If it does turn out that Russia is trying to hack into electrical grids here in the U.S. doesn't that move the needle?
RICHARD ANDERSON, UCLA: No. I don't think so. My guess is that both countries are hacking into each other's grids. Part of political theater is to promise to protect people against war and, you know, if a war happens to, in fact, want to be prepared.
And for many years the Russians have been engaging in a variety of covert operations in Western Europe, in the United States, to prepare in advance for the possibility of a conflict.
That doesn't mean that they mean to conduct such a conflict. It just means that they are going through the preparations. Armies train; weapons are produced. Everybody gets ready for the war that they hope will never happen.
VANIER: OK, but let's consider potentially the political impact for Donald Trump.
Do you think the president-elect, soon to be president, can stick to his line of better relations with Russia after this?
ANDERSON: I think he can. I think the thing to say is that part of his negotiation with the Russians will be to get an agreement on both sides to stop doing this sort of thing. I think that agreement will be very hard to enforce. I think it will be carefully worded so as to allow a lot of it to go forward.
I also have always thought that there are limits to how close the United States and Russia can cooperate. Those limits are set by the bad news that's going to continually come out of Russia: bad news human rights violation, bad news underhanded conduct, crime, corruption.
All of these things are going to make that relationship tense all the time. But it doesn't have to degenerate. It just will be a certain amount of stress.
VANIER: How do you interpret Vladimir Putin not taking new measures, new retaliation against the U.S., despite dozens of Russian diplomats being expelled on Thursday?
ANDERSON: Well, one of the things that's happened in the former Soviet Union and Russia in particular has been a religious revival. And, you know, the Russians are Christians or that's the state religion, at least, and Christianity tells you don't hit back.
So this is a chance for Vladimir Putin to grab the moral high ground and, I think, he's taking it.
VANIER: All right. Richard Anderson, professor of political science at UCLA. Thank you very much for your insights.
VANIER: Suicide bombers have killed at least 28 people in Baghdad. Police say that two attackers detonated their vests on a crowded commercial street in the Iraqi capital. This was the scene afterwards. The blast wounded at least 53 other people and leveled several businesses.
So far no group has claimed responsibility.
Let's turn our attention to neighboring Syria. Opposition groups there say the new cease-fire has been violated more than 30 times in the first 24 hours. The Syrian Observatory for Human Rights reports that at least 10 people were killed on Friday; nine of them just northeast of Aleppo in Telef (ph), as you see on the map.
Officials still hope that this cease-fire will start the road toward lasting peace. Our Muhammad Lila has the latest.
MUHAMMAD LILA, CNN CORRESPONDENT: We have now officially passed the 24-hour mark since the cease-fire began and all of the indications on the ground are that the cease-fire, however fragile it might be, is holding at the moment. There were reports of sporadic clashes around the country, outside of Damascus and in the countryside, in other locations but none of the groups on the ground, the militant groups that were fighting or Syria, Turkey, Russia, Iran consider those sporadic clashes to be a violation of the cease-fire.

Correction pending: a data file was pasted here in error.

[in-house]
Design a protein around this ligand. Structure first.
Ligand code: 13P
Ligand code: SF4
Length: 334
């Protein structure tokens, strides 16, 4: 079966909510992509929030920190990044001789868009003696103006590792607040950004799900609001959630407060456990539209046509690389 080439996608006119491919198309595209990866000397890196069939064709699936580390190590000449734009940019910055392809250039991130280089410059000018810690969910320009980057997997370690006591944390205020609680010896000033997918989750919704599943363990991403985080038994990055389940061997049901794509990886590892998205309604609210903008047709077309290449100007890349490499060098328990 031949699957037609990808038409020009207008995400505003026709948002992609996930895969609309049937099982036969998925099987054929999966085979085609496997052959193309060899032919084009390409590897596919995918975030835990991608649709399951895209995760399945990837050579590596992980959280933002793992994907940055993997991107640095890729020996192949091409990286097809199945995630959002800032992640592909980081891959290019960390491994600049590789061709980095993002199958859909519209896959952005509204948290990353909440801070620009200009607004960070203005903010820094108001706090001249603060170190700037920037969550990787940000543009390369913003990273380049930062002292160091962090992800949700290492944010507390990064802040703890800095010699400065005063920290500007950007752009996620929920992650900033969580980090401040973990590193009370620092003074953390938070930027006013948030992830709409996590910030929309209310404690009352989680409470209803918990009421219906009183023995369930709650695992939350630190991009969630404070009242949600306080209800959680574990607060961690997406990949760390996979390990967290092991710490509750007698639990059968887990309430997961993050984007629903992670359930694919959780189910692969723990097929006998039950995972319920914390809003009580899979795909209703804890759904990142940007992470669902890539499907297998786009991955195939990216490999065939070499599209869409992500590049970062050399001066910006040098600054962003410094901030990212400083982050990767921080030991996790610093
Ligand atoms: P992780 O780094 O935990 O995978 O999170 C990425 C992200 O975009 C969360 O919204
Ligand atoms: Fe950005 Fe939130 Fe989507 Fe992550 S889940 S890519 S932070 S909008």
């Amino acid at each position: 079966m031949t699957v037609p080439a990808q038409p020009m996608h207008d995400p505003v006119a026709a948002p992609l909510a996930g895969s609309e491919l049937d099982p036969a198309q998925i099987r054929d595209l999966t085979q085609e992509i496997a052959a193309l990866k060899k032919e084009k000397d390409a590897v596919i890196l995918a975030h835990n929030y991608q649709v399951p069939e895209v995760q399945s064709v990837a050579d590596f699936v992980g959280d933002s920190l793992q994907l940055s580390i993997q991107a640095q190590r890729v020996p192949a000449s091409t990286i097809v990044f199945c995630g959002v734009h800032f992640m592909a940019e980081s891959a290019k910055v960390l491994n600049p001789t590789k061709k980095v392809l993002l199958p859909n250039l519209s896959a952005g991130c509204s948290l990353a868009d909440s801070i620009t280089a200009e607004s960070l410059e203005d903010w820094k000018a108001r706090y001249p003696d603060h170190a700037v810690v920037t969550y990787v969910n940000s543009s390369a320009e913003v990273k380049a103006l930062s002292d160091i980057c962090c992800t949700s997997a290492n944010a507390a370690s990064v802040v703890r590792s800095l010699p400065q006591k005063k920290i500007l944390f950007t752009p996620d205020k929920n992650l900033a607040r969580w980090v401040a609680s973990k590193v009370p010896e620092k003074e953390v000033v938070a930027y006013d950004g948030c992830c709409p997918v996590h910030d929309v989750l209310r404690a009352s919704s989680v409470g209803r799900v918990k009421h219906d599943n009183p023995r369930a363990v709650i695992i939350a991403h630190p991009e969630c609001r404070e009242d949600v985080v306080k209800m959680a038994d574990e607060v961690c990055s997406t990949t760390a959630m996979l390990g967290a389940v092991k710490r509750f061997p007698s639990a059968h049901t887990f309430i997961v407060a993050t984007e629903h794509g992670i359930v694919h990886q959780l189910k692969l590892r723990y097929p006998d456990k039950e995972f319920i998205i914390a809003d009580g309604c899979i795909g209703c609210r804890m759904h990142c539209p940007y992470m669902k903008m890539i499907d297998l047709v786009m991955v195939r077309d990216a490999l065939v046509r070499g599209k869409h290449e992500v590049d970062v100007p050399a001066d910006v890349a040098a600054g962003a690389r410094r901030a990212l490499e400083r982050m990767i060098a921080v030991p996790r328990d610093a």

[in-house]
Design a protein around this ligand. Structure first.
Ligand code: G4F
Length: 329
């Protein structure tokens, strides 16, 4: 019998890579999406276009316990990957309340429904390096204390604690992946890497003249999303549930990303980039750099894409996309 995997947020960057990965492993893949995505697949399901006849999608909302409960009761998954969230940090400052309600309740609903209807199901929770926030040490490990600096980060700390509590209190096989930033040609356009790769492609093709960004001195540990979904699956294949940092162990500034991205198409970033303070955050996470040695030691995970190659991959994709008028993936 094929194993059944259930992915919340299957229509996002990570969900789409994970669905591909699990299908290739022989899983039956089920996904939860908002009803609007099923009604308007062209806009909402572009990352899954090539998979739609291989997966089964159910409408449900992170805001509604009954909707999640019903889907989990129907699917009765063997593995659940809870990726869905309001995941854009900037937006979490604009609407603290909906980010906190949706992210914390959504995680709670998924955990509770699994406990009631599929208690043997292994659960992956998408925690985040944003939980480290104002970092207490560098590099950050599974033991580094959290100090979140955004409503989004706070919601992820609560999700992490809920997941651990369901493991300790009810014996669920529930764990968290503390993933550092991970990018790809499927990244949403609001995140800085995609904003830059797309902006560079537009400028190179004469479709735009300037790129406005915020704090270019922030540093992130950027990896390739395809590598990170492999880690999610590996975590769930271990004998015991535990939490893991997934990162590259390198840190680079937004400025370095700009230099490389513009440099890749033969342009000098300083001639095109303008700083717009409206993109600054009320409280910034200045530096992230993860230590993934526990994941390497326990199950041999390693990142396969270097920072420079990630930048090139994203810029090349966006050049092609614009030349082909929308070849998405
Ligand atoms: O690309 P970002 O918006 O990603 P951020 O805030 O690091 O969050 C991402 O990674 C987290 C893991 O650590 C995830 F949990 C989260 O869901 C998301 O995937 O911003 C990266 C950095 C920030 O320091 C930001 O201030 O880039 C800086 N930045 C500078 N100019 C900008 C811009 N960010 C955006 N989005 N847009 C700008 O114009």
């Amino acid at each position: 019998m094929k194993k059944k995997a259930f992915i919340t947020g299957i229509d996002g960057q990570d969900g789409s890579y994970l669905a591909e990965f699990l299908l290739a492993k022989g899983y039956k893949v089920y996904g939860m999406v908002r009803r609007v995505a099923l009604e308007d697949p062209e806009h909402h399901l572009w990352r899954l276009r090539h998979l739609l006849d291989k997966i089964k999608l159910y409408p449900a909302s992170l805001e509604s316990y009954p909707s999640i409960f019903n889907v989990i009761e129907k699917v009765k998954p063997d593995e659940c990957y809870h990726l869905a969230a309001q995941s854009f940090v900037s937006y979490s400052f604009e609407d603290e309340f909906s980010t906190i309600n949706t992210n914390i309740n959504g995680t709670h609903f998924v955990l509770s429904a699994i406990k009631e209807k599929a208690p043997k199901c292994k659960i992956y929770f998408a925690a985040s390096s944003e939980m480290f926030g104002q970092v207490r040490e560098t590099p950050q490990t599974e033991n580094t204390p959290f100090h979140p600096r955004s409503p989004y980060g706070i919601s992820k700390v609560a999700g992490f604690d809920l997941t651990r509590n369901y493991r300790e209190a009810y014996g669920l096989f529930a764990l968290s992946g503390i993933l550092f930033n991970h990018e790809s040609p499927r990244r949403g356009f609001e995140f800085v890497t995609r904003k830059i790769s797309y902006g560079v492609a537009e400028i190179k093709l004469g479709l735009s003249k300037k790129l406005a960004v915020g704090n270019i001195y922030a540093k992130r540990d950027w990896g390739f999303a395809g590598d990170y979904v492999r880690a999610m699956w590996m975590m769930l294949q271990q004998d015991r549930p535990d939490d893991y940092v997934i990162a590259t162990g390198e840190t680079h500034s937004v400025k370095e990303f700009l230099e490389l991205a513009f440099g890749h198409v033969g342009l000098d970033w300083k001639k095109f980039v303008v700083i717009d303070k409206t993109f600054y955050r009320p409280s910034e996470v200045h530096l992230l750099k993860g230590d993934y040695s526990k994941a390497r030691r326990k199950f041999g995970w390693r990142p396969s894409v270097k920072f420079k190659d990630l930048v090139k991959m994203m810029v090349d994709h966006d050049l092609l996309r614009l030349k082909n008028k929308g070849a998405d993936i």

And this is critical because the first few hours and the first few days of the cease-fire will determine how well and how deep this cease-fire is taking hold. So the first day, if it's any indication, is certainly a positive sign.
Now if the cease-fire does hold for the next several days and weeks, the plan is for there to be long-term peace negotiations and those talks will involve Turkey, Russia, Syria and Iran.
Of course, those are the major players with very deep interests in how the Syrian conflict plays out. The Kremlin earlier on bypassing U.S. President Obama and speaking directly to U.S. President-elect Trump, saying that Trump would have a seat at that negotiating table if he chose to take it.
And at that negotiating table, they are expected to discuss the prospects for a long-term and a permanent cease-fire as well as the future of Syria's president, Bashar al-Assad.
LILA: We know in the past that Bashar al-Assad has been a red line for the Iranians, the Syrians and the Russians, saying that he is the leader of that country and should not have to step down.
Turkey, of course, since day one, has said that Assad's future is nonnegotiable. They insist that he needs to step down in order for there any kind of political settlement.
Now Assad's future aside, the most important thing that all of the observers are watching is whether this cease-fire will hold and, so far, based on just the first 24 hours, it appears that it is holding -- Muhammad Lila, CNN, Istanbul.
VANIER: CNN military analyst Lieutenant Colonel Rick Francona joins us now from California via Skype for more on this.
Rick, under the terms of the cease-fire, fighting may continue against terror groups. That's to say the Syrian government and Russia and their allies can continue to fight against what they deem to be terror groups.